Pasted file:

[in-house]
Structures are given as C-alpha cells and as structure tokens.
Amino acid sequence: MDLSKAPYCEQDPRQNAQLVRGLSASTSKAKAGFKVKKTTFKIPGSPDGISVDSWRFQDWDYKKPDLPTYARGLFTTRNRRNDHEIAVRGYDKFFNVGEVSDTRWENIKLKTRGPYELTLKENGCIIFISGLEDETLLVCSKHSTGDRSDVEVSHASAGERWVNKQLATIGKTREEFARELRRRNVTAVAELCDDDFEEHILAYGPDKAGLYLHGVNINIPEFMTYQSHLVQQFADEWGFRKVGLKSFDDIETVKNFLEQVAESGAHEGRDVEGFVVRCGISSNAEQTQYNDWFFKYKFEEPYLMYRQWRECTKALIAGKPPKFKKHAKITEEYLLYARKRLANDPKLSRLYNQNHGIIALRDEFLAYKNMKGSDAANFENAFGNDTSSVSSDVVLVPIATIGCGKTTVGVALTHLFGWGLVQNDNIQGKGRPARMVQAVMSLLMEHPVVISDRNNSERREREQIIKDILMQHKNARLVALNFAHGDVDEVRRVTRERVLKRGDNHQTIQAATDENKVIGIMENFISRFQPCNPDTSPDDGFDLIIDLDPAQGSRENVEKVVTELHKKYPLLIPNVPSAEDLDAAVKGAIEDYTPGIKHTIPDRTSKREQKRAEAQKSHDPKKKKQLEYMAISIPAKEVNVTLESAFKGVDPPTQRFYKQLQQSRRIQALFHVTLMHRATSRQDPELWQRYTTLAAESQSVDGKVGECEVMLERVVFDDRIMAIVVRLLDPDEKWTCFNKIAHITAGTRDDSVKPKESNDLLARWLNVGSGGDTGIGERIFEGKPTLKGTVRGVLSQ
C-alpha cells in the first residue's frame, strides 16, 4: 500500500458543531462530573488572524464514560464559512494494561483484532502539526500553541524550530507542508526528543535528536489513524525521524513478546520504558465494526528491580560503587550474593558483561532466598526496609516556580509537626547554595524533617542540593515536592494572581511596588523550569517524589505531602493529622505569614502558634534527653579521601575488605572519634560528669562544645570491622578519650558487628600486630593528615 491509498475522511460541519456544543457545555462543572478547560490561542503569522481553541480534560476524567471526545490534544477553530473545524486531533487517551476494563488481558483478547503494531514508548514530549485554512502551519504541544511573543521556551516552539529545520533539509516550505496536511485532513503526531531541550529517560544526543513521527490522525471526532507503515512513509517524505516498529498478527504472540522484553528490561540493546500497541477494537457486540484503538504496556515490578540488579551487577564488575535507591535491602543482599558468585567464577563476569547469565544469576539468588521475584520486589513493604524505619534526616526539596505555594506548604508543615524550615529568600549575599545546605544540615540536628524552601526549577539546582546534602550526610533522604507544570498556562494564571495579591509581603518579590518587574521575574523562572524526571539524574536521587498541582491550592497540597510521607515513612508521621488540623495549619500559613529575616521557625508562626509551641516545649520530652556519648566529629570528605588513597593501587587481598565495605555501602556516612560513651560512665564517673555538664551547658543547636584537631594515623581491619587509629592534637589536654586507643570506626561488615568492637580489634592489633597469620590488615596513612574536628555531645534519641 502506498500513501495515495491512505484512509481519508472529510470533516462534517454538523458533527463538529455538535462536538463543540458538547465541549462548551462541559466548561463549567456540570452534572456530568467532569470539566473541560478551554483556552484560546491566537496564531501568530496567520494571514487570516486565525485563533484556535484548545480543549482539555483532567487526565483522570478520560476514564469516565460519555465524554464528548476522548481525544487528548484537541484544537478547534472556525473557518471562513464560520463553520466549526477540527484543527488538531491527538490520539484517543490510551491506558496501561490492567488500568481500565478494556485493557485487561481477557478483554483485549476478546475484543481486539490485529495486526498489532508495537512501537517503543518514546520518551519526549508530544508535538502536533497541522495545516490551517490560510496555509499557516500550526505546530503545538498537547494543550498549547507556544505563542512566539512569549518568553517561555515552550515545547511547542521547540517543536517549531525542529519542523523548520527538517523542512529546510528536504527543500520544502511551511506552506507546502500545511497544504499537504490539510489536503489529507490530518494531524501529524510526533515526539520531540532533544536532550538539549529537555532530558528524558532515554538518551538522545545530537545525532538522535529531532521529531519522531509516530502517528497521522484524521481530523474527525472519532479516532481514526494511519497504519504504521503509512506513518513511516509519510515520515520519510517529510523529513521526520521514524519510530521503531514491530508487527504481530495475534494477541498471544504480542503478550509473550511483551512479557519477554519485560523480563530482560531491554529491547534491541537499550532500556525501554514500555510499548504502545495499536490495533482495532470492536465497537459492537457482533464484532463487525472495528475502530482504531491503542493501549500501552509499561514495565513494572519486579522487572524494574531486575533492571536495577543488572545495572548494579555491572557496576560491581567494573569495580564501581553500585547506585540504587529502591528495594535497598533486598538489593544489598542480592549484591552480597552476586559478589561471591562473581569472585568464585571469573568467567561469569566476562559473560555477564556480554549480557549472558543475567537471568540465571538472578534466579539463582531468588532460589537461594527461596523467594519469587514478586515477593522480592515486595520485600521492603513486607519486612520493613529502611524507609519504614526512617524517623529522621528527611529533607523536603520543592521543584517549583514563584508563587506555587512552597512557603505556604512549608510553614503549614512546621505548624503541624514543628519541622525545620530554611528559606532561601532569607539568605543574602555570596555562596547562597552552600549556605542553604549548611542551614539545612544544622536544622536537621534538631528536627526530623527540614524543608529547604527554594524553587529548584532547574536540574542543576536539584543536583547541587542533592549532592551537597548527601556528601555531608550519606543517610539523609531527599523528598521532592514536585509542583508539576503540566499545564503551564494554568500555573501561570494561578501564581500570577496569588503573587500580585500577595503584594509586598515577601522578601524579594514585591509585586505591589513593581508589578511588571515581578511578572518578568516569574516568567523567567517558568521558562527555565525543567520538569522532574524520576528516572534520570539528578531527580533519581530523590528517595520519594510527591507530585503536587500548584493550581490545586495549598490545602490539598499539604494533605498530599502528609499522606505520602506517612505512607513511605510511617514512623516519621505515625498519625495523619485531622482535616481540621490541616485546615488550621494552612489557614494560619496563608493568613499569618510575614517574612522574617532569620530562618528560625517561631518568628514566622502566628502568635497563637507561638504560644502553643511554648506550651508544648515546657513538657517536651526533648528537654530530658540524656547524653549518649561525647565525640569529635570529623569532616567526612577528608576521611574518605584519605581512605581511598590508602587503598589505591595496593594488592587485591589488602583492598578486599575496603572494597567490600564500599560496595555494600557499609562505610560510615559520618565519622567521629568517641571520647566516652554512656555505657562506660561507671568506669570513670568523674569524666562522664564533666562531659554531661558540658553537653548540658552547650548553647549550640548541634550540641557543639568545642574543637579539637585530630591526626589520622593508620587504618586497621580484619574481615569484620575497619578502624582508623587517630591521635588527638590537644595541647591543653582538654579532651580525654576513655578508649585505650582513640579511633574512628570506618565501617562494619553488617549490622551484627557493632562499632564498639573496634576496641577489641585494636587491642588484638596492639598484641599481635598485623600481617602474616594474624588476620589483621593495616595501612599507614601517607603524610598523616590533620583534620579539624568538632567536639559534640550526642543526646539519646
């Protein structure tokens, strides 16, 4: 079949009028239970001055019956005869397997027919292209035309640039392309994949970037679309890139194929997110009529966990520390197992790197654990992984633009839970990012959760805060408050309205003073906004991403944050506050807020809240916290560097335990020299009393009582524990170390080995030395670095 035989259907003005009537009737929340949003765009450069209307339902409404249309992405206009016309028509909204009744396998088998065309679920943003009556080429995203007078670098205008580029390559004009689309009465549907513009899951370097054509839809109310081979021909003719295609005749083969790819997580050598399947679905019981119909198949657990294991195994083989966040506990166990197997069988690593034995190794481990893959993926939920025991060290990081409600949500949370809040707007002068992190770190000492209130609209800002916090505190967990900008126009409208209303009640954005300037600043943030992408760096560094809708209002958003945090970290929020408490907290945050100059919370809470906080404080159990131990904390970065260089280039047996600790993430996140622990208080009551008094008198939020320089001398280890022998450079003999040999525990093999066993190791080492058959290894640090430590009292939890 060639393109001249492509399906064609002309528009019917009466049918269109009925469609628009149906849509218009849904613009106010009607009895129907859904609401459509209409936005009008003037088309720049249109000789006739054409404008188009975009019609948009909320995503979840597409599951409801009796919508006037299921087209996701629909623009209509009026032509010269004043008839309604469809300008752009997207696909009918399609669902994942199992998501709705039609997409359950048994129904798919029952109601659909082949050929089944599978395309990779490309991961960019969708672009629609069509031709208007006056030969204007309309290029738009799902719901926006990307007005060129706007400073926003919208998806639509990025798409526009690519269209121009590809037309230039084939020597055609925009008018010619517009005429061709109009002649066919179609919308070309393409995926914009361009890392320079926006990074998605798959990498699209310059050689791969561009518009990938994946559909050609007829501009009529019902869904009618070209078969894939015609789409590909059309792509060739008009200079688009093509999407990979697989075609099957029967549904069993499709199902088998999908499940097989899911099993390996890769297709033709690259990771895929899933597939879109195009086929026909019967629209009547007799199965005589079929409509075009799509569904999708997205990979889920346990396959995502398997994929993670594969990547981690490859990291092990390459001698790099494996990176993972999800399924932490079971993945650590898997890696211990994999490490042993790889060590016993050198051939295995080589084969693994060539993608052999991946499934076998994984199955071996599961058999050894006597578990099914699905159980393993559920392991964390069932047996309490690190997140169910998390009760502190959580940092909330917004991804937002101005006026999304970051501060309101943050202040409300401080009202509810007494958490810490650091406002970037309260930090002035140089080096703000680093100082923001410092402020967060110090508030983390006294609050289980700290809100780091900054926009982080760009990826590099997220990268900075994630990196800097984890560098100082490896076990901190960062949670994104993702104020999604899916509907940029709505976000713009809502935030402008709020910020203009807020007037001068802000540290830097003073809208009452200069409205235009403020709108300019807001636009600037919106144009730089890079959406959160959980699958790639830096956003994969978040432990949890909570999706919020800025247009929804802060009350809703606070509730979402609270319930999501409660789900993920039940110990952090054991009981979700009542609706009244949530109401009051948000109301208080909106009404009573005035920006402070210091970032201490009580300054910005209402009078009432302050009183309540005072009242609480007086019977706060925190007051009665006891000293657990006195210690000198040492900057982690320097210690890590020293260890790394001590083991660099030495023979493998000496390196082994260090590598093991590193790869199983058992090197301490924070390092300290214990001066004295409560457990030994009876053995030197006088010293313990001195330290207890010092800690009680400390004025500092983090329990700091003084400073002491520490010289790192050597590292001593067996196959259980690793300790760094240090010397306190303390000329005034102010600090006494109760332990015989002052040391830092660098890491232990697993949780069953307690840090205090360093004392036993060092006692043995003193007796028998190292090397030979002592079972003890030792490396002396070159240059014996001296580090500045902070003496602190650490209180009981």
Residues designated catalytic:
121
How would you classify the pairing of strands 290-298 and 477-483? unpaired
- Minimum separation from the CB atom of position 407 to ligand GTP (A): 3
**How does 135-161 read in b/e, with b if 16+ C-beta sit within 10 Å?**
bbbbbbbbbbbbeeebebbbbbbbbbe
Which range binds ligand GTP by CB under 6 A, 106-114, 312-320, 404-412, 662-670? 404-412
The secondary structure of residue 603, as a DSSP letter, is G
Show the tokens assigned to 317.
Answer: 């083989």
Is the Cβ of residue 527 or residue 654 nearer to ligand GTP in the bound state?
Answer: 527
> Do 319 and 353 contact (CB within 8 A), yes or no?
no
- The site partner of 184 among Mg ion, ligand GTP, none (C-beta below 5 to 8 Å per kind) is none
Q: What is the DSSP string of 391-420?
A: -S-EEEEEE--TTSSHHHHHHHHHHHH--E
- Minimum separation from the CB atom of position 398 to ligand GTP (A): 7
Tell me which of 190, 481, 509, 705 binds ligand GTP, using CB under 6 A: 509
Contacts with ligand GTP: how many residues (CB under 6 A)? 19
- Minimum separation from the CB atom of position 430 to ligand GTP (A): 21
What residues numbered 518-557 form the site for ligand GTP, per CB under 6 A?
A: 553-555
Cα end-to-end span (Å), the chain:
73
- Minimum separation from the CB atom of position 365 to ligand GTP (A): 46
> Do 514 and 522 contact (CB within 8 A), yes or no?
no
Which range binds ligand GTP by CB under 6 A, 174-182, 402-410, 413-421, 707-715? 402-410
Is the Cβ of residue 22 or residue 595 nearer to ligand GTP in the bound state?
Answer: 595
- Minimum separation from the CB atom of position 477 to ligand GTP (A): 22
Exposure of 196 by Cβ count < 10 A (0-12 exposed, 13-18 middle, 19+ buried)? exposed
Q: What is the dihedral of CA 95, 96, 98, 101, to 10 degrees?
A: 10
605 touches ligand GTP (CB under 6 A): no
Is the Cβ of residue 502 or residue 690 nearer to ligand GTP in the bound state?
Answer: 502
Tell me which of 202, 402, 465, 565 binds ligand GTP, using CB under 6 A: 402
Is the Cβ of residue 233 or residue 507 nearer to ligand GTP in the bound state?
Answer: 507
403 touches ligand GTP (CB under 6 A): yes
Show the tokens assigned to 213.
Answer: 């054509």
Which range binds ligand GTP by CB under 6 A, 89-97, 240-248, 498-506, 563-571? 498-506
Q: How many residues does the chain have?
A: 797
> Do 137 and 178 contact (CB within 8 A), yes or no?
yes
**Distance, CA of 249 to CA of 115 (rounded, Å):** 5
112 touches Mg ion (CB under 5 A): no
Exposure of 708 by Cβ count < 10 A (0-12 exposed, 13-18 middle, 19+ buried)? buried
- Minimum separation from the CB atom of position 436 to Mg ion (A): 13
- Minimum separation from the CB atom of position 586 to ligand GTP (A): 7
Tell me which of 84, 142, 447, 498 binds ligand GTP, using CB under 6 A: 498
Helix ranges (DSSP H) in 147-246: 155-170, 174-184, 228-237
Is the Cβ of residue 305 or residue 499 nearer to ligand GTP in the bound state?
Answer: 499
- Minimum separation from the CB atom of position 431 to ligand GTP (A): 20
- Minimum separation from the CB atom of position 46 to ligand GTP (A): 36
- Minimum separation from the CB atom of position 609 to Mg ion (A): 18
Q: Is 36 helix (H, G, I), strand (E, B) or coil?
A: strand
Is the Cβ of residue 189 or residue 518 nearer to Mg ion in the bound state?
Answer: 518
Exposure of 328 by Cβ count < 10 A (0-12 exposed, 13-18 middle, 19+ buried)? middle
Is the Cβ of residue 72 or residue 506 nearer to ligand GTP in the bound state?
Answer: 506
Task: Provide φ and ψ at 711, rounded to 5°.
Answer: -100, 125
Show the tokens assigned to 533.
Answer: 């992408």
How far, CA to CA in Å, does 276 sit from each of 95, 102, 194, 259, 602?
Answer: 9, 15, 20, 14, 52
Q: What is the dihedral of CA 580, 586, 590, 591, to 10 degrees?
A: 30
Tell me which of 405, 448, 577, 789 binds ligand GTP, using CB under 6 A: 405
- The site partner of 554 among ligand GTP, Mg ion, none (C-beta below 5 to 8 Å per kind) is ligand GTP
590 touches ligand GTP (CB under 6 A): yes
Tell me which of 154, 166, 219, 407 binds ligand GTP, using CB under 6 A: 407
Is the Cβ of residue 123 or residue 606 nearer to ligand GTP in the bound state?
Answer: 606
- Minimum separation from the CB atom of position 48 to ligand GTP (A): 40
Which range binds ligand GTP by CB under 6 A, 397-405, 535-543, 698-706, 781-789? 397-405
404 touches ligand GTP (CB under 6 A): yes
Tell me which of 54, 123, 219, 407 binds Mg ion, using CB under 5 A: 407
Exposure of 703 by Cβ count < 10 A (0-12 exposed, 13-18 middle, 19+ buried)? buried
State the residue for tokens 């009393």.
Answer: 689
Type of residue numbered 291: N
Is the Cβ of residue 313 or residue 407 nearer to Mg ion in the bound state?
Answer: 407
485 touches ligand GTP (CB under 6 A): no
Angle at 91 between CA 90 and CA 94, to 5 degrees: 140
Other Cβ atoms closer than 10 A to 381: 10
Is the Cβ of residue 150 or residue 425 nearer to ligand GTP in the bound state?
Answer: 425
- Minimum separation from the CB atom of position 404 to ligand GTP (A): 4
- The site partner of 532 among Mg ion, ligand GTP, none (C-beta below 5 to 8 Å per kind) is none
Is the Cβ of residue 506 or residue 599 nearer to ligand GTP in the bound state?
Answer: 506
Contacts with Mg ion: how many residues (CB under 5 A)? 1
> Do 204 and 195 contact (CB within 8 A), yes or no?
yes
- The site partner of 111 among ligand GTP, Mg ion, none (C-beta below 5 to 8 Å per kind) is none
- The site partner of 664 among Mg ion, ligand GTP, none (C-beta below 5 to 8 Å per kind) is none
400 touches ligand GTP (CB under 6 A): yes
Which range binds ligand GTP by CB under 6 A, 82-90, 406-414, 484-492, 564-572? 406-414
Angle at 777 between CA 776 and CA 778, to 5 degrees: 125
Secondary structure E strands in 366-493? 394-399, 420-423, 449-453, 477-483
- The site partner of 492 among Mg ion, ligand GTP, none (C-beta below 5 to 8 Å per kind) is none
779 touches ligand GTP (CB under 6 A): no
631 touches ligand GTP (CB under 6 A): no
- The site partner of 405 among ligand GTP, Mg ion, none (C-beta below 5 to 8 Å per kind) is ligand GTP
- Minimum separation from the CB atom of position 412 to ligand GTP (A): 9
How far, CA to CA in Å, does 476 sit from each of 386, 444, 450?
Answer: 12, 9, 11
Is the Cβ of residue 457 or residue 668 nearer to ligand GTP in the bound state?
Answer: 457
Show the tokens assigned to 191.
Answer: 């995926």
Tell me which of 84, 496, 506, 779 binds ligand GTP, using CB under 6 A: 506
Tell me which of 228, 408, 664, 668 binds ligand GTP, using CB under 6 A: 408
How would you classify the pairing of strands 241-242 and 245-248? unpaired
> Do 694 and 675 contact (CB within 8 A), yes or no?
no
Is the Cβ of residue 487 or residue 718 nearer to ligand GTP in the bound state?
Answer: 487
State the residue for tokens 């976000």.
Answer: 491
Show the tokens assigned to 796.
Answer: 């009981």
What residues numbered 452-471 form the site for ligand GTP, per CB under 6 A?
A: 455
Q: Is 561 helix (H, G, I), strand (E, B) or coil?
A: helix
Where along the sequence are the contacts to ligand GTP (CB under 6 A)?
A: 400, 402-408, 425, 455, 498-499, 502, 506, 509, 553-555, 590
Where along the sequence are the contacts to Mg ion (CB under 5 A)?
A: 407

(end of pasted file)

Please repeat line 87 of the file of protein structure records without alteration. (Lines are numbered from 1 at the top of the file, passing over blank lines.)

Answer: 606